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Math Help - please can anybody give the height of the pile

  1. #1
    rcs
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    please can anybody give the height of the pile

    kindly please help on this

    Four spheres, each of radius 1.5, are placed in a pile with three at
    the base and the other on top. If each sphere touches the other three
    spheres, give the height of the pile.

    thanks
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  2. #2
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    If you were to join each of the centres of the spheres, you get an equilateral triangular pyramid.

    Each of the edges of the pyramid has length \displaystyle = 2\times \textrm{radius} = 3\,\textrm{units}.

    Start by drawing the pyramid and see if you can use trigonometry to find the height of the pyramid.
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  3. #3
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    Nice! Of course, that gives the height from the center of a bottom sphere to the center of the top sphere. You will need to add twice the radius to find the actual height of the pile.
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  4. #4
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    Quote Originally Posted by rcs View Post
    kindly please help on this

    Four spheres, each of radius 1.5, are placed in a pile with three at
    the base and the other on top. If each sphere touches the other three
    spheres, give the height of the pile.

    thanks
    ... only in case you don't want to use trigonometry:

    1. Draw a sketch of the tetrahedron with the centers of the spheres as vertices as ProveIt suggested.

    2. The footpoint of the height of this tetrahedron equals the centroid of the equilateral base triangle.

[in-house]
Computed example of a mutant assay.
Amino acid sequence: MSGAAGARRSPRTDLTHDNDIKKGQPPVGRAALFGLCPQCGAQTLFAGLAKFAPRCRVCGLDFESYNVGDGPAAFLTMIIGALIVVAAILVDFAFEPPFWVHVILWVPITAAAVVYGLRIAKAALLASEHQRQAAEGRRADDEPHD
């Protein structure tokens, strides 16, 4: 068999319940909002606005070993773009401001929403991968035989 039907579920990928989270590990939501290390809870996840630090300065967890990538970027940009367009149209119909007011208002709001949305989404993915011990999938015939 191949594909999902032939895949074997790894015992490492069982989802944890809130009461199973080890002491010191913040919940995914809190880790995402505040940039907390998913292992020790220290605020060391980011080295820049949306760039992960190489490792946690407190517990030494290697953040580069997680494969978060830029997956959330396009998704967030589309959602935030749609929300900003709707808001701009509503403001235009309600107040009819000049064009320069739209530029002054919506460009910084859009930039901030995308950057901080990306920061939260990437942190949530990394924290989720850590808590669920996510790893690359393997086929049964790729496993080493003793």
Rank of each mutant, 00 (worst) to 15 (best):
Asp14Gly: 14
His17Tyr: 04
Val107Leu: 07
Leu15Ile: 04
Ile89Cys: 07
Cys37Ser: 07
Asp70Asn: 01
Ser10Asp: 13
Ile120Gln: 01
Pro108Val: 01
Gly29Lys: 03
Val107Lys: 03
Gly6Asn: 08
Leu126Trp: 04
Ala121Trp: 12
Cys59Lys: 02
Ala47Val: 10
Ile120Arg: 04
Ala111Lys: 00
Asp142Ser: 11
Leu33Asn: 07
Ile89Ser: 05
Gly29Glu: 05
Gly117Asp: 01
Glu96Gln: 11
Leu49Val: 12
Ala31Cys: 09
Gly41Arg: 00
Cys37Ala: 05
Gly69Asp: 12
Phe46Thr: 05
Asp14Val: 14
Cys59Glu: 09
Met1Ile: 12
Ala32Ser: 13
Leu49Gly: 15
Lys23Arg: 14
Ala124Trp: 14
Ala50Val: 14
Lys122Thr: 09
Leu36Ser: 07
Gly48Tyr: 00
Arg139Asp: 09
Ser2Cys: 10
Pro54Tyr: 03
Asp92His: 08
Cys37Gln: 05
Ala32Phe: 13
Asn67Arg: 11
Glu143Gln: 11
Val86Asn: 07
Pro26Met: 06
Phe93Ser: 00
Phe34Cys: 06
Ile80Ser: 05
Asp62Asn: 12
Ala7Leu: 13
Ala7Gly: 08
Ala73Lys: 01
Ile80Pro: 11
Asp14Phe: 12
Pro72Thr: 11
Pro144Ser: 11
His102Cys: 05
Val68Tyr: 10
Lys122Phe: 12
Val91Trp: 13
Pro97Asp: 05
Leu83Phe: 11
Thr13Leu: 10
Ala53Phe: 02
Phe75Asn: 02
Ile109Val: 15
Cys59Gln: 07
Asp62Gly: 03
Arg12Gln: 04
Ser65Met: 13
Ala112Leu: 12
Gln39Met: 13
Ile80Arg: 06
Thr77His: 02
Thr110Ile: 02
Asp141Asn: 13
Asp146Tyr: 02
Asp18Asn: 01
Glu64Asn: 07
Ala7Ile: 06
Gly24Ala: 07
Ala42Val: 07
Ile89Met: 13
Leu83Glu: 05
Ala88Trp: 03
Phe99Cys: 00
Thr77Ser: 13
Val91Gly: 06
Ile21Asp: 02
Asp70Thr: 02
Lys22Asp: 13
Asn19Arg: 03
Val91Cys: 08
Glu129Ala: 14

Calculate the length of a median using Pythagorean theorem:

    \left(\frac12 \cdot (2r)\right)^2+k^2=(2r)^2

    3. Use Pythagorean theorem.
    One edge of the tetrahedron has the length 2r. Then the height h of the tetrahedron is:

    \left(\dfrac{2r}3 \sqrt{3}\right)^2+h^2=(2r)^2

    4. To get the final result have a look at HallsofIvy's post.
    Attached Thumbnails Attached Thumbnails please can anybody give the height of the pile-tetraeder.png  
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  5. #5
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    Hello
    The height of the pile is 1.5rad 3 +3. Obtained using 30-60-90 triangle relationships


    bjh
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  6. #6
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    height of pile

    Hello.

    My answer was wrong.I see why after looking more closely at Earboth's solution


    bjh
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  7. #7
    rcs
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    i still dont know what and how to solve it... still super confused how to get the answer
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  8. #8
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    Quote Originally Posted by rcs View Post
    i still dont know what and how to solve it... still super confused how to get the answer
    Have you at least drawn the tetrahedron?
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  9. #9
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    Quote Originally Posted by rcs View Post
    i still dont know what and how to solve it... still super confused how to get the answer
    Place 3 of the 4 spheres on a flat surface, so that they all make contact.

    Lines from centre to centre form an equilateral triangle with side lengths 2(1.5)=3 units.

    First, be clear on the above.

    Next, place the 4th sphere on top of the other 3.
    It will slide into place.

    Taking the top sphere and any 2 from the 3 at the base,
    what shape is formed between their centres ?


    Again, only an equilateral triangle can be formed because the spheres are in contact.
    Hence, 3 equilateral triangles are meeting at the centre of the top sphere,
    each apex being the centre of each sphere.

    The shape formed between the centres is constructed from 4 equilateral triangles
    of sides 3 units in length.


    If you find the perpendicular height of this 3-sided pyramid,
    then add it to the radius of the base spheres (since the base of the "pyramid" is 1.5 units off the floor)
    and finally add on the radius of the top sphere,
    you will have the perpendicular height of the "nucleus".
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